According to Greek mythology, the creation of the olive tree was a result of a contest held between Athena and Poseidon. Poseidon, the god of the sea, and Athena, the goddess of wisdom, held a contest in which the winner would become protector of a newly built city in Attica. The city would be named after the god who gave the citizens the most precious gift. Poseidon struck a rock with his trident and as water began to rush out of the rock, out ran a horse. Next, Athena struck the rock with her spear and the first olive tree appeared at the gates of the Acropolis. Considering her gift more valuable, residents of the new city declared Athena the victor and themselves Athenians for life. To this day, an olive tree still stands where this event took place. It was also believed that the Greek gods were born under the branches of the olive tree.
The first Olympics were held in 776 BC. The olive tree played a crucial role in this event. The first Olympic torch was a burning olive branch. The Olympic winners were awarded with a crown woven from olive branches. These olive branches symbolized peace and a truce of any hostility. Olive oil was also awarded to the winners of the Panathenaic Games. The olive branch continues to be seen today as a symbol of peace and friendship.
Olives and olive oil have significance in Christianity as well. In the Book of Genesis, an olive branch was returned to Noah by a dove, signaling the end of the flood. Noah recognized this as a sign of peace to come. In the Book of Exodus, the Lord tells Moses how to make an anointing oil of spices and olive oil. In ancient Greece they also used olive oil as an anointing oil during the consecration of their kings and priests.
Evolution of Olive Oil
Greece was the first civilization to be involved in the full-scale cultivation of olives. Production of olive oil in Greece has spanned more than 5 millennia. Scientific evidence suggests that olive trees grew wild on the island of Crete as early as 3500 BC and that systematic cultivation and exportation of the oil began as early as 2000 BC. Ancient Greek philosopher Aristotle further developed the cultivation of the olive into a science.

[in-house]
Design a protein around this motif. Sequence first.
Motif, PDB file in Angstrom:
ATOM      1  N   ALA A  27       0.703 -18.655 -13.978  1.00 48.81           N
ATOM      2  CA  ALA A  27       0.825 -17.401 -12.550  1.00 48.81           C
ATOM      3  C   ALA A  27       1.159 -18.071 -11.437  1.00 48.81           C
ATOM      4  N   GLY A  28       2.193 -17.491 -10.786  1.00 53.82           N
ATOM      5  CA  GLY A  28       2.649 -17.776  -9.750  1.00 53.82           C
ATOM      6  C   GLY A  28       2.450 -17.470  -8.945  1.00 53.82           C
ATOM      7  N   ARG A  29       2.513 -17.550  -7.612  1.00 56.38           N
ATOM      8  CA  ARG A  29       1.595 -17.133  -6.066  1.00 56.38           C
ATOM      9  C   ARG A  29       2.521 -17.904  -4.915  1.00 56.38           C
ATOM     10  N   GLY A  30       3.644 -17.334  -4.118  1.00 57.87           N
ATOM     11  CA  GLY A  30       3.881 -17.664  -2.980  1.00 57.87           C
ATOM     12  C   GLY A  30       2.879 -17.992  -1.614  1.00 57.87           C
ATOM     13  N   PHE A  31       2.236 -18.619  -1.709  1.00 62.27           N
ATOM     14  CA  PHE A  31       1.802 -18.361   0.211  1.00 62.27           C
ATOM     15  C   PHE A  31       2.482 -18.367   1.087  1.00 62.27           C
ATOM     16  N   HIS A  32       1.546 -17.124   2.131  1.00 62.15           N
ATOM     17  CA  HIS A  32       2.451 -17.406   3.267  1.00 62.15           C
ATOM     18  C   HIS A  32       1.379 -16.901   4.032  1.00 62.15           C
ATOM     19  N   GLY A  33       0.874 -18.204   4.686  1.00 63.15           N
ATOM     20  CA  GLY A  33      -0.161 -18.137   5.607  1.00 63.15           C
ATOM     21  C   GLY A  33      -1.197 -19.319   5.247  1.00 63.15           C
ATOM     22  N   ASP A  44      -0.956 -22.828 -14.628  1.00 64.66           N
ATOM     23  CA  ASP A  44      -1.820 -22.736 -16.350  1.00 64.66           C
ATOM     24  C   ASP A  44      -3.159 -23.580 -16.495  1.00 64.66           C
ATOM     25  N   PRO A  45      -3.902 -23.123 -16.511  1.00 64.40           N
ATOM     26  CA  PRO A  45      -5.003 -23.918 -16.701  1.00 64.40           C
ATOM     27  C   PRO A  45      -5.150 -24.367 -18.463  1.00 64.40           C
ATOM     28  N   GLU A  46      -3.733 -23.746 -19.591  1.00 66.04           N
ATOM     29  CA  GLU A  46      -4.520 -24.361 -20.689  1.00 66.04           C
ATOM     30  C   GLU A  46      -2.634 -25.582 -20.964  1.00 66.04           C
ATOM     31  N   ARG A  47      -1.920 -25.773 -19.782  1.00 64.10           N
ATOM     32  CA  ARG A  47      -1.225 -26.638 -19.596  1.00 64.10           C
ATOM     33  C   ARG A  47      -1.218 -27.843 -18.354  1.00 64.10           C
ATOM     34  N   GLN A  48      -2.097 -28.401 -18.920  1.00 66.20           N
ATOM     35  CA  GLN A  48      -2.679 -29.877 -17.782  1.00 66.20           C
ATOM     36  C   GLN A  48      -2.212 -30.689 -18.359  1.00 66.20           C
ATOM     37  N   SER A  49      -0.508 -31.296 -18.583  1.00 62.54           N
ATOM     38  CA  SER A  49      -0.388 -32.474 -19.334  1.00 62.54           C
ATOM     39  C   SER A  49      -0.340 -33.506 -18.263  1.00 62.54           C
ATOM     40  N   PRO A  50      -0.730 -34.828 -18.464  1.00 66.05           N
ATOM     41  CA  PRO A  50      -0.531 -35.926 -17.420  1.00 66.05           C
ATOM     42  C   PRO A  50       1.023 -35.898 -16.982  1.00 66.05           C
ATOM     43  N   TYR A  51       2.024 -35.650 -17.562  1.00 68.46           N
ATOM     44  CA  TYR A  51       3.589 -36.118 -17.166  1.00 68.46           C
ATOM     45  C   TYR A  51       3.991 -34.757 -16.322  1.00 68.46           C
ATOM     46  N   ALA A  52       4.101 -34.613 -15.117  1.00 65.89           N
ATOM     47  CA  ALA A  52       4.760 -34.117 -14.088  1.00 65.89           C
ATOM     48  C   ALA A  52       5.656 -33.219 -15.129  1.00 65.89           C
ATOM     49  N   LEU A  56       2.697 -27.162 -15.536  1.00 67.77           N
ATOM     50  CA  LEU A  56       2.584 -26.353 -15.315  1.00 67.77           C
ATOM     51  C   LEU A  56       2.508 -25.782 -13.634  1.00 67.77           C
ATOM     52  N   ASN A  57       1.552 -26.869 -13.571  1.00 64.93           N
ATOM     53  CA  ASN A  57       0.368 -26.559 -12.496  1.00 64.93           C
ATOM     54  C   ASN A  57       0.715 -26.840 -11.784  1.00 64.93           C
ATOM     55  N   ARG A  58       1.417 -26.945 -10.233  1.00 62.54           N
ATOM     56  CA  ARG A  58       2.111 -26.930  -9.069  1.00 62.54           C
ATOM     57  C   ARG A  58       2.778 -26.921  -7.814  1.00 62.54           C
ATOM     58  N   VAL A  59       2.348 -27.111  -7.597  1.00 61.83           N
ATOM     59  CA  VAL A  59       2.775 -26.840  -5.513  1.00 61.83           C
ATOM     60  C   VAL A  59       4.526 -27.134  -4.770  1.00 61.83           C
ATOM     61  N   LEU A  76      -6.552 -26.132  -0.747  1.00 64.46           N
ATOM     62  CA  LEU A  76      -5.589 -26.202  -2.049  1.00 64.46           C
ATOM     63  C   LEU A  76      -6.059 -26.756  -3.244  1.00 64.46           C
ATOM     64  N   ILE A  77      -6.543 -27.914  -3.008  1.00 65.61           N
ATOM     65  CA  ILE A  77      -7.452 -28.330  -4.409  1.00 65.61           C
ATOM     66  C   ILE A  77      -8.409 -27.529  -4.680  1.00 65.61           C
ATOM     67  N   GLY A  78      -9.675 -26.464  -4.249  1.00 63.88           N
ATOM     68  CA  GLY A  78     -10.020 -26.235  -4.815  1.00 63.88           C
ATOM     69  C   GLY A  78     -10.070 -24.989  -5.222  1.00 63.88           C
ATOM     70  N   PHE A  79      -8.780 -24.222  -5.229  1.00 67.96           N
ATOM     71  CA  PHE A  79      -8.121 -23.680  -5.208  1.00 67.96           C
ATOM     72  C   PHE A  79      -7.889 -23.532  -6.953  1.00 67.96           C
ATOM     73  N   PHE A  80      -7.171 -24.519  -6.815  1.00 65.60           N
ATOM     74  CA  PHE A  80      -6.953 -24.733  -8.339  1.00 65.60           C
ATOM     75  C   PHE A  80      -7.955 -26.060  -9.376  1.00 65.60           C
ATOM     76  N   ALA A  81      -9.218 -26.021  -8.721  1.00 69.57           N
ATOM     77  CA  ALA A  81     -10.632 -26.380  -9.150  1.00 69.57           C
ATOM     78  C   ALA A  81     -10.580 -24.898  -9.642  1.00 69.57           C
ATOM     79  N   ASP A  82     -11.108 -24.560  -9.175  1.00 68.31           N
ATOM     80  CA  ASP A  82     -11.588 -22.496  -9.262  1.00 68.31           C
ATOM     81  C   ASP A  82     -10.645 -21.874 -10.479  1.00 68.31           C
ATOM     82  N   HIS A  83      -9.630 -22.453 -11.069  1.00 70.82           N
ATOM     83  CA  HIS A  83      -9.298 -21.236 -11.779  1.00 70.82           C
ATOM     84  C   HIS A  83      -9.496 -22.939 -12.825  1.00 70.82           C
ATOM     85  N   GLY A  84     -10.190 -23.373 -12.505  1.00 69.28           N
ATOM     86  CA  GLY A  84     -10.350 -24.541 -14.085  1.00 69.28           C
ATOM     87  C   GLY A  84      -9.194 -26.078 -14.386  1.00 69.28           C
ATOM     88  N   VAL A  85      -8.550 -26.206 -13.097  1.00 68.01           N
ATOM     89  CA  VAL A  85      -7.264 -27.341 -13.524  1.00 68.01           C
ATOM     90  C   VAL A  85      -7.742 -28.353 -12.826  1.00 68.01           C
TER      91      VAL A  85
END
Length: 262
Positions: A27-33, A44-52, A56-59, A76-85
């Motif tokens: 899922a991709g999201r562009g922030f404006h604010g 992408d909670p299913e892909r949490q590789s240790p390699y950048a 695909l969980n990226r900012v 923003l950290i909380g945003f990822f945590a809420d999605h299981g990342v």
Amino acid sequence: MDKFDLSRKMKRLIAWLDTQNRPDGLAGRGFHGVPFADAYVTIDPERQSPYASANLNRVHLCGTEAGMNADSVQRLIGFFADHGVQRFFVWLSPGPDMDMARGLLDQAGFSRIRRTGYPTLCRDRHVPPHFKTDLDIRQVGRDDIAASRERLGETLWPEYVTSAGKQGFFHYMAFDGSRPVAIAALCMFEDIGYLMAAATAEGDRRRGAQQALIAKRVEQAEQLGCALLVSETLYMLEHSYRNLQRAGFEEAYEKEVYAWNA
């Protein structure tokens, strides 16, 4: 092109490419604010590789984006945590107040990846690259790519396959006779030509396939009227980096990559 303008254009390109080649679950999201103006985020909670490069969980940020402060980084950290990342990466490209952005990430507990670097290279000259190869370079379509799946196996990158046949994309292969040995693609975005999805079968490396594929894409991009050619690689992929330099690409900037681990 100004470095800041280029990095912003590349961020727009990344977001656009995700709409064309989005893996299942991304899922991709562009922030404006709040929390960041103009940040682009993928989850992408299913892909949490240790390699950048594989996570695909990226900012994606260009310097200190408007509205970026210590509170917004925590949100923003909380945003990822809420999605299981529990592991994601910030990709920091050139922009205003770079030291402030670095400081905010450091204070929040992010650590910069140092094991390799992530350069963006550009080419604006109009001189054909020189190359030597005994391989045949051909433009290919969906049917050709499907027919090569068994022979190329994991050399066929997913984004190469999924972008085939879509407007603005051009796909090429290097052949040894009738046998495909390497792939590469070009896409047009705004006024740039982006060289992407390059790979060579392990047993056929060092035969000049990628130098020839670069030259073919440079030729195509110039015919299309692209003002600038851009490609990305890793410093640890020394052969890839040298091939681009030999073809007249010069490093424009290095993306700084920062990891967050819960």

Olive oil was largely responsible for establishing Greece’s early commercial success. With the expansion of the Greek colonies, their knowledge of olive tree cultivation and olive oil extraction techniques spread throughout the Mediterranean, from Italy to northern Africa. The olive had become increasingly important to both the Greek culture and its economy. Homer even referred to olive oil as “liquid gold” in The Odyssey. Greece continues to remain the world’s largest exporter of extra virgin olive oil. In fact, many Italian and Spanish olive oils add Greek extra virgin olive oil to their own products to enhance their color and flavor. Seventy percent (70%) of total Greek production is extra virgin olive oil of the highest quality.
Overall, the olive tree is a very resilient plant. It thrives in dry climates and can tolerate both droughts and high winds. Olive trees do require very warm temperatures however, and cannot endure cold temperatures below 10° F. Therefore the olive prospers in Greece – and the Mediterranean region – with its mild, rainy winters and long, hot, dry summers. This region has an abundance of sunshine, nurturing soil conditions, gentle sea breezes, a temperate climate and year-round growing season. And Greece’s proximity to the sea allows their olive trees to produce up to 20 times more fruit than those planted inland. This is why the Mediterranean is responsible for 98% of the oil harvest.